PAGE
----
Spending Showdown Threatens School District

     PHILADELPHIA (CN) – In an escalating spending standoff that threatens to shut a suburban school district, a federal judge on Friday told the district to give the state a list of people who absolutely must be paid to avoid an immediate shutdown.



     The Chester Upland School District sued the state on Thursday, seeking a temporary restraining order directing the state to give it at least $7 million in emergency funding to assure that it can continue operating for the next 6 weeks.
     Without that order, the district said, it would be unable to make payroll starting Wednesday.
     U.S. District Judge Michael Baylson told the parties in a telephone conference Friday that he’d prefer to see them resolve the TRO request without a court order.
     Amy Foerster, representing the state, said the Commonwealth is waiting to receive from the district a list of payments that are “absolutely required to keep the district running by the end of the month.”
     Leo Hackett, representing the district, told Baylson he’d provide that list of “essential payments” immediately.
     Baylson said he hoped the parties could come to an agreement that would keep the district running until mid-February, and obviate the need for a TRO.
     “I think everybody ought to work towards getting in a frame of mind that will keep the school [district] open pending further legal developments so that I don’t have to reach a decision on the TRO,” the judge said.
     The 3,600-student district said in an affidavit that it’s been teetering on the brink of financial collapse after the state, knowing the district was in the throes of “a cash-flow crisis and in danger of not being able to make salary payments,” decided in December to withhold around $8 million as repayment for money it had advanced to the district in June.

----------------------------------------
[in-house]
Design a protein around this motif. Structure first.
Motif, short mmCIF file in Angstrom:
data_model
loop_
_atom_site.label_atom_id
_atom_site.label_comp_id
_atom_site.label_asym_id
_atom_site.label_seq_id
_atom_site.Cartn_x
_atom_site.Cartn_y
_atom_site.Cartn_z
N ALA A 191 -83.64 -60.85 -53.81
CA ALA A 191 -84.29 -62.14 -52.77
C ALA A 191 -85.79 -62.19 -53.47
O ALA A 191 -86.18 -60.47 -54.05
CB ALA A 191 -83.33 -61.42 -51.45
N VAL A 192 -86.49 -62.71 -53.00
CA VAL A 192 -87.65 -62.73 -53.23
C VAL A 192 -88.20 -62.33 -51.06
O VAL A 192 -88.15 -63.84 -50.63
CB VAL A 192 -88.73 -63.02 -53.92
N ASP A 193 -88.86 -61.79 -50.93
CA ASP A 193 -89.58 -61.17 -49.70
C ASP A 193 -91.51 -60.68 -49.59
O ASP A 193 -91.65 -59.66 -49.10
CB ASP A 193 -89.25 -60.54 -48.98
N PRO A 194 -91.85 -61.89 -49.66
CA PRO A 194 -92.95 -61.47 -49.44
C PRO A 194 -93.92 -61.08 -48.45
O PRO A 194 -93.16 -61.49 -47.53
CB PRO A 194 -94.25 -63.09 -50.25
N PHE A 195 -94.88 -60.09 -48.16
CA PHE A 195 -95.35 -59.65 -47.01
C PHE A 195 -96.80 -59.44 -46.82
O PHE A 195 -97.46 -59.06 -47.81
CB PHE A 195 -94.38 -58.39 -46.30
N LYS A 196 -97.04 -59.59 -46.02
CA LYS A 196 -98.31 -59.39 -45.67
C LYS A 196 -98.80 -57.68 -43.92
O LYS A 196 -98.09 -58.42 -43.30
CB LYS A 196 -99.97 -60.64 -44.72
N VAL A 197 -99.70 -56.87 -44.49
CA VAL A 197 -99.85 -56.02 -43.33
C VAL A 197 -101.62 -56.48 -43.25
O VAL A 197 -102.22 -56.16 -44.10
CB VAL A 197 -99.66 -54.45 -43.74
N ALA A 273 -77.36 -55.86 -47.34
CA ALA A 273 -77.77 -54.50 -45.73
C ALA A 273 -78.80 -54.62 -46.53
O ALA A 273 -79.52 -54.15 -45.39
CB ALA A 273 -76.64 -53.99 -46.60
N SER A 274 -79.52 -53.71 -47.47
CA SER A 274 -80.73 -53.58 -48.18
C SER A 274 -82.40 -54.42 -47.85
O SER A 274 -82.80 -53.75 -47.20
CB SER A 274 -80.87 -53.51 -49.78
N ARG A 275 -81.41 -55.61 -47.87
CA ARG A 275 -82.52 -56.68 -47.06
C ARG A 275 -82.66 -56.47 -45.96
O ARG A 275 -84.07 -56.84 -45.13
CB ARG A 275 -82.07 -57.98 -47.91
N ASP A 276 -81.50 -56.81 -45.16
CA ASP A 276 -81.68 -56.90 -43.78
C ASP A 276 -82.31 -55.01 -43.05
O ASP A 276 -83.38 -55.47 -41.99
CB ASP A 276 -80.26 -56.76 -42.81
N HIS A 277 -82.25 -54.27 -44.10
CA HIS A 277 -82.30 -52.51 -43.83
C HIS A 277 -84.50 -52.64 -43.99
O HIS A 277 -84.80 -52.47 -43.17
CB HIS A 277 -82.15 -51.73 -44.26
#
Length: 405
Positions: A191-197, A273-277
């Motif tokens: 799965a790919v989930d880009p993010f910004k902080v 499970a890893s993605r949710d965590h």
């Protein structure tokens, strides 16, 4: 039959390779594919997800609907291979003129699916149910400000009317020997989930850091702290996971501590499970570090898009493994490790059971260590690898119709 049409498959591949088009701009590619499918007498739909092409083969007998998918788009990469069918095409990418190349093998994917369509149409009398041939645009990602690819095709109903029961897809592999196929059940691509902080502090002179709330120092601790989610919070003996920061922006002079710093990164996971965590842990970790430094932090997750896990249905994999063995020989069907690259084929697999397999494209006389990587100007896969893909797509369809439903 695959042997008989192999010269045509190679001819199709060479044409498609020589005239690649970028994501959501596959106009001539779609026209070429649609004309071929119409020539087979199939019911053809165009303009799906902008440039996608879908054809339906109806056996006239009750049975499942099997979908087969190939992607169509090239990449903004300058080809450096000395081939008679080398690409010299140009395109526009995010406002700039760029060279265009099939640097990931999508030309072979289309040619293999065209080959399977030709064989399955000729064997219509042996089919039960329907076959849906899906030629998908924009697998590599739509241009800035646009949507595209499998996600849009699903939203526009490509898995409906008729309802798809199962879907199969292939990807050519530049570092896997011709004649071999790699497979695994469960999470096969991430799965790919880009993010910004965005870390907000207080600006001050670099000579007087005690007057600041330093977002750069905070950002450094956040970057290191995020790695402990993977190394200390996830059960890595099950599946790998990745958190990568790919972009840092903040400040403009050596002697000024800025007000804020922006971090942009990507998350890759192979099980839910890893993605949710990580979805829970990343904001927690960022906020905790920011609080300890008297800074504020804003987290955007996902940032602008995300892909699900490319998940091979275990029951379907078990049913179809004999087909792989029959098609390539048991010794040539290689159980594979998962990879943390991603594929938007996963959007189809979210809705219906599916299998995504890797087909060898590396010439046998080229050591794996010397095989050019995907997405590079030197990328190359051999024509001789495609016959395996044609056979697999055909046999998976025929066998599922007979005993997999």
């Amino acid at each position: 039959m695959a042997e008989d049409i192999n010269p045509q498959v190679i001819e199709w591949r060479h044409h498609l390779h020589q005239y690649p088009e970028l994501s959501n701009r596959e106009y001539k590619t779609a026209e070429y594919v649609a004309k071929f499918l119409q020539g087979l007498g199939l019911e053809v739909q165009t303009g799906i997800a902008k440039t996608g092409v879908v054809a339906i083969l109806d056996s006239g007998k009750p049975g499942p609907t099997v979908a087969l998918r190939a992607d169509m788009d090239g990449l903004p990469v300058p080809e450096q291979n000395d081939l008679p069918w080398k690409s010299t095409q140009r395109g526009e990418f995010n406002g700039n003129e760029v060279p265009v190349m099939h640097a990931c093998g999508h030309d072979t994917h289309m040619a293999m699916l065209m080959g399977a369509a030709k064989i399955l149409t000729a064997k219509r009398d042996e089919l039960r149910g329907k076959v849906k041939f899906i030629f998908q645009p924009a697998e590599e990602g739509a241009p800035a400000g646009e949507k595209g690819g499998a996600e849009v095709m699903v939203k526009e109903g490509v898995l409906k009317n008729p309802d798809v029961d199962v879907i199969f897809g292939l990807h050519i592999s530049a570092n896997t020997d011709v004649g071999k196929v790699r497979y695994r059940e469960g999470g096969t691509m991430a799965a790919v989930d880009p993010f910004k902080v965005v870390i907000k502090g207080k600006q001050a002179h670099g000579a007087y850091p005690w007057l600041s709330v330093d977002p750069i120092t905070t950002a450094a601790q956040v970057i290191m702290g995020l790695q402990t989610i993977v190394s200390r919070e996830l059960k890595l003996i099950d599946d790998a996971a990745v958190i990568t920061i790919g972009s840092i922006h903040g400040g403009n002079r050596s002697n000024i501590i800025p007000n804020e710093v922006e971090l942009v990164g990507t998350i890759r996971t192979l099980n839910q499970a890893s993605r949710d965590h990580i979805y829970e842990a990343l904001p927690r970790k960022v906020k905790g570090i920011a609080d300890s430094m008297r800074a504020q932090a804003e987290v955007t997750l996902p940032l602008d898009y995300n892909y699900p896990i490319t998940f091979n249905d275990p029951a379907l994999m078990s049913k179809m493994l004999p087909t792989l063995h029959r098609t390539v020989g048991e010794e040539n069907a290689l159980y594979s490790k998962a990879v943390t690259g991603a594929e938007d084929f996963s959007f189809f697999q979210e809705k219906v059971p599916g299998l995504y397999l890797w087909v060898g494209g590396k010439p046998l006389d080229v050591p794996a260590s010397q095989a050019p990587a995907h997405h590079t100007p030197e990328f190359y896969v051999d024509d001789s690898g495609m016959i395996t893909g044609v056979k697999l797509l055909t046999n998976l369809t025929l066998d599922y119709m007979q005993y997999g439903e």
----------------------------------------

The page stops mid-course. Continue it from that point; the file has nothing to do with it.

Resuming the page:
The district said it needed that advance to meet its obligations under Pennsylvania’s unfair Charter School Law, which forces the district to fund special-education services provided by charter schools at an oppressively high per-student rate.
     Citing a report that Gov. Tom Corbett is considering a state takeover of the district, Judge Baylson said the issue of immediate emergency funding would be more appropriately addressed outside the court.
     An agreement negotiated by Corbett, state lawmakers and district officials to keep Chester Upland running in the near term would be “far superior to asking a federal judge to step into an area that is not familiar territory for us,” the judge said.
     If a resolution cannot be reached over the long weekend, Baylson said, he’d be forced to rule on the TRO after a hearing Tuesday afternoon.
     Beyond the issue of immediate funding, the longer-term question before Baylson is whether the formula used by the state for apportioning special-education subsidies is constitutional.
     In its lawsuit, the district said the formula focuses on “the number of students in the school district without regard to the number of disabled students or their disability,” and that it unfairly limits “the percentage of students for whom [special-education] funding is provided.”
     The formula therefore discriminates against districts like Chester Upland, which educates large numbers of disabled students, the district said.
     Chester Upland said the state decided to withhold millions in subsidies to ensure that local charter schools received the cut of special-education funding to which they’re entitled under the Pennsylvania Charter School Law.
     The district asked the court to enjoin application of a component of that law which, the district says, requires it to bankroll special-education services provided by charter schools at a per-student rate that is oppressively high.
     “The Commonwealth of Pennsylvania requires the School District to fund special education in charter schools at an annual rate of $14,670 per student … while at the same time the Commonwealth of Pennsylvania provides funding to the School District for special education students at the rate of $3,600 per student,” the complaint states.
     Chester Upland says that in addition to the $8.7 million being withheld by the state, “the School District needs approximately $12,000,000 to cover the cost of education through June 2012.”
     Chester Upland is represented by Leo Hackett of Media, Pa.

%d bloggers like this: